Vehicular homicide case | Atlanta dui attorney
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Vehicular homicide—Second degree
O.C.G.A § 40-6-393(c) provides:
(c) Any person who causes the death of another person, without an intention to do so, by violating any provision of this title other than subsection (a) of Code Section 40-6-163, subsection (b) of Code Section 40-6-270, Code Section 40-6-390 or 40-6-391, or subsection (a) of Code Section 40-6-395 commits the offense of homicide by vehicle in the second degree when such violation is the cause of said death and, upon conviction thereof, shall be punished as provided in Code Section 17-10-3.
This subsection was amended by Act 793 (2008 SB 529), which became effective July 1, 2008, and applies to all offenses occurring on or after that date.
Defense counsel must prepare and be ready to argue the inclusion of "lesser included" offenses under the second degree vehicular homicide statute whenever he or she has a client facing first degree (felony) charges as outlined in either subsection (a) or (b). Getting the trial judge to charge a lesser included offense can mean a 15-fold difference in punishment for the client, if the jury finds doubt in the felony count under any of the predicate "serious driving" offenses.
In State v. Nix, 220 Ga. App. 651, 469 S.E.2d 497 (1996), the defendant was charged with vehicular homicide in the second degree pursuant to O.C.G.A. § 40-6-393(b). Count one charged the defendant with vehicular homicide due to failure to yield to right of way as required by O.C.G.A. §§ 40-6-21 and 40-6-1. Count two charged the defendant with vehicular homicide due to failure to yield the right of way as required by O.C.G.A. §§ 40-6-71 and 40-6-1. Count three charged the defendant with failure to yield the right of way as required by O.C.G.A. §§ 40-6-21(a)(1)(A) and 40-6-1. Count four charged the defendant with failure to yield the right of way as required by O.C.G.A. §§ 40-6-21(a)(1)(B) and 40-6-1. And Count five charged the defendant with failure to yield the right of way as required by O.C.G.A. §§ 40-6-71 and 40-6-1. The trial court struck Counts 1, 3, 4 because they alleged violation of O.C.G.A. §§ 40-6-21 and 40-6-1. O.C.G.A. § 40-6-21 defines the meaning given to highway traffic signal indications but does not define any violation of the law. In addition, O.C.G.A. § 40-6-1 does not set out any specific violation, but rather states that unless otherwise provided for, it was a misdemeanor to violate any provision of the chapter. Since neither charge sets out a violation of the law, they cannot be the sole basis for a charge of vehicular homicide. The Court of Appeals affirmed.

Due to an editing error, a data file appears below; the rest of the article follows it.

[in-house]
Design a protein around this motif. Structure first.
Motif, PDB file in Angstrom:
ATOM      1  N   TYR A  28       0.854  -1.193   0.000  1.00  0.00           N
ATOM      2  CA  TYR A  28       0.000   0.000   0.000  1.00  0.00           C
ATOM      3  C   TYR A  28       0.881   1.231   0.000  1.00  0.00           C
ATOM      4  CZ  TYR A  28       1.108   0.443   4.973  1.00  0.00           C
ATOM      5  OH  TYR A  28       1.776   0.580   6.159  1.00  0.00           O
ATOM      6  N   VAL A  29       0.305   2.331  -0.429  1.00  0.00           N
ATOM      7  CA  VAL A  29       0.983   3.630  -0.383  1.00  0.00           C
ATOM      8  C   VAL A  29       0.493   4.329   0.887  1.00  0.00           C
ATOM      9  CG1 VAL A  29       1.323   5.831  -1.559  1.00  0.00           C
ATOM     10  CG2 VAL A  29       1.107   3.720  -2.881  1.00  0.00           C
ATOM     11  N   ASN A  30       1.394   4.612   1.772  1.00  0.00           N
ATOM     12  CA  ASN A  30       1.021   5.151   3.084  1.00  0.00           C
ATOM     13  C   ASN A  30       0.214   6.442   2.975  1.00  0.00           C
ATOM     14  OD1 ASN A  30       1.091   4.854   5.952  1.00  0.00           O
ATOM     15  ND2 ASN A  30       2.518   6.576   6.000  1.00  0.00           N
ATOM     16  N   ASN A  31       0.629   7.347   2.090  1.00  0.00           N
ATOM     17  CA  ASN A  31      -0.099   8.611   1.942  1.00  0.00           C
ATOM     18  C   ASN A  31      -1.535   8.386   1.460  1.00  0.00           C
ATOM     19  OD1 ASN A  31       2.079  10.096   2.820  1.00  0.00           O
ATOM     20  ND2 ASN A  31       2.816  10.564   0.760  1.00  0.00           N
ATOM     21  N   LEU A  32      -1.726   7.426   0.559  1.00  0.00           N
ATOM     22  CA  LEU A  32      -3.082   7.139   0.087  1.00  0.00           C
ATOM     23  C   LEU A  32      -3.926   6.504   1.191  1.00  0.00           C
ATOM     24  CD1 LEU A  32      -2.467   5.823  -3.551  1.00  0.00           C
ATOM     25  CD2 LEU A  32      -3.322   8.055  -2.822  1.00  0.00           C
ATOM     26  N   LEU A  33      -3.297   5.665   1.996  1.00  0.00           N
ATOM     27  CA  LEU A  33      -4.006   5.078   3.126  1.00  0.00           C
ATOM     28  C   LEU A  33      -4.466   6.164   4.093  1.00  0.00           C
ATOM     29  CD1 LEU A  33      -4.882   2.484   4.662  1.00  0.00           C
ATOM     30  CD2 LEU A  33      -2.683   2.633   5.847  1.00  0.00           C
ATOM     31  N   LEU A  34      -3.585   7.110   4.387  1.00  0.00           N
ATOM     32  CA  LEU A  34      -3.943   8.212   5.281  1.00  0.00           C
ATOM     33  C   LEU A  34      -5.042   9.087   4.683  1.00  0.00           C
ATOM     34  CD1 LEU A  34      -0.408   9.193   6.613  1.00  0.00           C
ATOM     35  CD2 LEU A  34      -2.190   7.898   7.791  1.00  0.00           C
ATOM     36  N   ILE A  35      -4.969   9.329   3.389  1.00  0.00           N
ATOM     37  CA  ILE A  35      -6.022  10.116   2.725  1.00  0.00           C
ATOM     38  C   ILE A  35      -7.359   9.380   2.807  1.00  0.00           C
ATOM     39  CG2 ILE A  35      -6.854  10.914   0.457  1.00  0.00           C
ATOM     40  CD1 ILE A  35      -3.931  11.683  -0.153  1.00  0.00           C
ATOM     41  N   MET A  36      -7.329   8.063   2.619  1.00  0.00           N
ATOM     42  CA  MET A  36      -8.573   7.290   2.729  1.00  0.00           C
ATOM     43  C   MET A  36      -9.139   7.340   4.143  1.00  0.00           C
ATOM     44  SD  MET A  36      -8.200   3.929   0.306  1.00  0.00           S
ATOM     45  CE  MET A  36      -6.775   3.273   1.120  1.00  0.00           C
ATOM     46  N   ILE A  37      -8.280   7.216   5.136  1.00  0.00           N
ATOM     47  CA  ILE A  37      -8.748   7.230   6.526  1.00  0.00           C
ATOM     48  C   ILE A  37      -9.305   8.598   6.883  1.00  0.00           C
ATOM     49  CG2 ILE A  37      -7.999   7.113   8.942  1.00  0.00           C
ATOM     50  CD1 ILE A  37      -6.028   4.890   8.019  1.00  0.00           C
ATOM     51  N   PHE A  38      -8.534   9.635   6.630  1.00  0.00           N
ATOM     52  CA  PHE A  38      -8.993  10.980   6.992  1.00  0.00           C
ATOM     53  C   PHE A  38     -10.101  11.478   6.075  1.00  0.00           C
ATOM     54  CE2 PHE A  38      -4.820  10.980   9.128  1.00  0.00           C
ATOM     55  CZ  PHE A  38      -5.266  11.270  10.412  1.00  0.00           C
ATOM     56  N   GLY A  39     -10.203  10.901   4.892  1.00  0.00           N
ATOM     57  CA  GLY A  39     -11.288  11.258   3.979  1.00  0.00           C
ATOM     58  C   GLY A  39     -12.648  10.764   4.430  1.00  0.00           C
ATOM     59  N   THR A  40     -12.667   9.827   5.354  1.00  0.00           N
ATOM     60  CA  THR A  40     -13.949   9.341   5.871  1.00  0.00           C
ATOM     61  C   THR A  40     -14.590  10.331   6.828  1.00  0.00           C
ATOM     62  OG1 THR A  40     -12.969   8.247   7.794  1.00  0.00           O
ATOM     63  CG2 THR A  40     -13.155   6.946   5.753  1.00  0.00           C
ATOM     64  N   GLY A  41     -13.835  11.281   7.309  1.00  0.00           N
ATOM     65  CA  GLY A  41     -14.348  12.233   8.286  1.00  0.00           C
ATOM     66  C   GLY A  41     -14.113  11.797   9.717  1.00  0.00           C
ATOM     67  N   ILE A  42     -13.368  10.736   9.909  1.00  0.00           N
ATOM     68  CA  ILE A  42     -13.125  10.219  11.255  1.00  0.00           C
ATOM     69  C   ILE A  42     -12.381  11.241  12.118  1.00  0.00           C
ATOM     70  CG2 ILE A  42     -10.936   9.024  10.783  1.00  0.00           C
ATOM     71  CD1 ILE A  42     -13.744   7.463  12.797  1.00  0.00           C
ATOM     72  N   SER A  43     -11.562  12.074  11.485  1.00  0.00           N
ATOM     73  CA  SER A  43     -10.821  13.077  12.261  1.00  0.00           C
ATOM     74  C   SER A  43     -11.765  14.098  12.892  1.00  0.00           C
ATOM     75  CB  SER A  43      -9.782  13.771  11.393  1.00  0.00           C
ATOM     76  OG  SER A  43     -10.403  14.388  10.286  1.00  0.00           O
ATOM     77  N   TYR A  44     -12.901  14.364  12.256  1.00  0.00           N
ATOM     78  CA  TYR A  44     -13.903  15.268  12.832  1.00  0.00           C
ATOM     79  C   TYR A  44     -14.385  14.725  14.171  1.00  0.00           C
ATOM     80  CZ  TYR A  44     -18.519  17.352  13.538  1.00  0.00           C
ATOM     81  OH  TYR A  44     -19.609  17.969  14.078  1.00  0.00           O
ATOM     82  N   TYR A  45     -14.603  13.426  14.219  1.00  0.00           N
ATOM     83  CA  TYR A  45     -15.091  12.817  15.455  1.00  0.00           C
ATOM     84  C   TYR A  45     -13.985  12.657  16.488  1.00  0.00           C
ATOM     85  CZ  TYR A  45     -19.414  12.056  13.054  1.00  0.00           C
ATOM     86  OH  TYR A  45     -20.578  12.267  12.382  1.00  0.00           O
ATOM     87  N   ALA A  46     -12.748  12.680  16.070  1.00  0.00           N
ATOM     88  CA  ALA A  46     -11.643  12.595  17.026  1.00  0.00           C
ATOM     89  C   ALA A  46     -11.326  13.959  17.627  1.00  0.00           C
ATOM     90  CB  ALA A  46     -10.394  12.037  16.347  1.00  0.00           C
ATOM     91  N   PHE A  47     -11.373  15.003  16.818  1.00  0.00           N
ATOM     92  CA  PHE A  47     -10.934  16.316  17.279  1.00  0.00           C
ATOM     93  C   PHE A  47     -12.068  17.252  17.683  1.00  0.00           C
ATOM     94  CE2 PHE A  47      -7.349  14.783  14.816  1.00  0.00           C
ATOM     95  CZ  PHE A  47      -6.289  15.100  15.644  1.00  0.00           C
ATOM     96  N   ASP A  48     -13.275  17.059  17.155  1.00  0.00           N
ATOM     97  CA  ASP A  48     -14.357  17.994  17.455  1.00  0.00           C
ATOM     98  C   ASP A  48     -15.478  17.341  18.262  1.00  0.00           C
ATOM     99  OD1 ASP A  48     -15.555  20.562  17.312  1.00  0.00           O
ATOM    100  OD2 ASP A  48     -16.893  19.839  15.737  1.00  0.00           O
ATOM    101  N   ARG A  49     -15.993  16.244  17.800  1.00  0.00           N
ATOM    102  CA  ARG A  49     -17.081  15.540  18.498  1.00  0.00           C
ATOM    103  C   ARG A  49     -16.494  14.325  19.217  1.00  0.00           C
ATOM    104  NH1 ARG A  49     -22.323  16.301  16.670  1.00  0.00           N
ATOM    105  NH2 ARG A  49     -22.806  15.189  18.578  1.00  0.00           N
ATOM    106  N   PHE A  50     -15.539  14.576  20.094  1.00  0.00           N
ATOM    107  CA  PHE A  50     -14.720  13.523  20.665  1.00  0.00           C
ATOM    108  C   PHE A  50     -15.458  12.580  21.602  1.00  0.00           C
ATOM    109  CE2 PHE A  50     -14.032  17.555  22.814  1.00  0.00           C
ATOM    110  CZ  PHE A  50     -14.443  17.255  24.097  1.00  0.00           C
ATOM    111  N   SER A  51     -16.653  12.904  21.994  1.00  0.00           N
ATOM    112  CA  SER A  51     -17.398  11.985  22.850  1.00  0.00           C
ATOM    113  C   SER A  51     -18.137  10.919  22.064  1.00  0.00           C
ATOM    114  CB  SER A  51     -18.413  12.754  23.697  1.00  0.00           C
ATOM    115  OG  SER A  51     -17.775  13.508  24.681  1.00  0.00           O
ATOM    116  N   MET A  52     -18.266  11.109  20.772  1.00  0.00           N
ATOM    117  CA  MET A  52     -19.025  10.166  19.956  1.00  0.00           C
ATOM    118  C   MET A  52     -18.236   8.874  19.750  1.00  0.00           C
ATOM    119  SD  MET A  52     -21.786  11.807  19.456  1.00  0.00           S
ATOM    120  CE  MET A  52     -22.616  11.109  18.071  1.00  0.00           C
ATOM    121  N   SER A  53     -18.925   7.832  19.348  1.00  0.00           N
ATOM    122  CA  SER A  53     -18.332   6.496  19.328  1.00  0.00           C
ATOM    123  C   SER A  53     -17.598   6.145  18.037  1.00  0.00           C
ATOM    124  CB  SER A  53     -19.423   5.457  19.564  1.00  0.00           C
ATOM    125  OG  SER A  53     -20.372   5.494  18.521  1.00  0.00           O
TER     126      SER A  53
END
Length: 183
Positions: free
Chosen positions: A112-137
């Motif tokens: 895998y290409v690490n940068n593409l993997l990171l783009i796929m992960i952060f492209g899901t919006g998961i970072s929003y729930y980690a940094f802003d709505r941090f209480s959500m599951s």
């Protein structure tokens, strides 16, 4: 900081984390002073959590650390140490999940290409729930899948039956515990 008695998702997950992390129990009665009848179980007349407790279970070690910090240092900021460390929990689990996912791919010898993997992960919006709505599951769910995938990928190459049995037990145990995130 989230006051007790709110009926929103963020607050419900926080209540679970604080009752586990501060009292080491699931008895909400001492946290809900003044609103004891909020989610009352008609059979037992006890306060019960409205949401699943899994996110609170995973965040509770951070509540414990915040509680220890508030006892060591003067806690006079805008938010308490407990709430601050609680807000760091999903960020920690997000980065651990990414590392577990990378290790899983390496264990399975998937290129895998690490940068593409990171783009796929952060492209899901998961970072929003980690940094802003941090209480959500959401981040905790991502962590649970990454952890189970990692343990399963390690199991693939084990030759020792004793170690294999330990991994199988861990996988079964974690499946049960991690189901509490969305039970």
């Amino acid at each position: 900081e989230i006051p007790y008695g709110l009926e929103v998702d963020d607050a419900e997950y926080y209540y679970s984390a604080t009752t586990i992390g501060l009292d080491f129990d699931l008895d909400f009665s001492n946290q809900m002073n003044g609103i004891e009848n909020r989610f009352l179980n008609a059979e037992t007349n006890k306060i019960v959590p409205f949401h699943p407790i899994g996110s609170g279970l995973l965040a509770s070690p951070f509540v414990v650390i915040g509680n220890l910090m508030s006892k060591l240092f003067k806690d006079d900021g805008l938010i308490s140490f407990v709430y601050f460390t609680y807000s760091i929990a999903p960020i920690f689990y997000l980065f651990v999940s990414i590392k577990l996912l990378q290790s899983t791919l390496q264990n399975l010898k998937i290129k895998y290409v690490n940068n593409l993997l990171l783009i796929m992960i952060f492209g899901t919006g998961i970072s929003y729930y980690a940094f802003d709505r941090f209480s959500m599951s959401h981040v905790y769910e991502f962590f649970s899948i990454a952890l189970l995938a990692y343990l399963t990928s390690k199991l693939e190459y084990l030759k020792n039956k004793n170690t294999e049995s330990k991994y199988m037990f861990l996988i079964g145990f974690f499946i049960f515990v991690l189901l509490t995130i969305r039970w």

Counsel for defendant should always look at the constitutionality of the underlying traffic offense. A second-degree vehicular homicide prosecution was stopped short by a pre-trial ruling in State v. Johnson, 270 Ga. 111, 507 S.E.2d 443 (1998).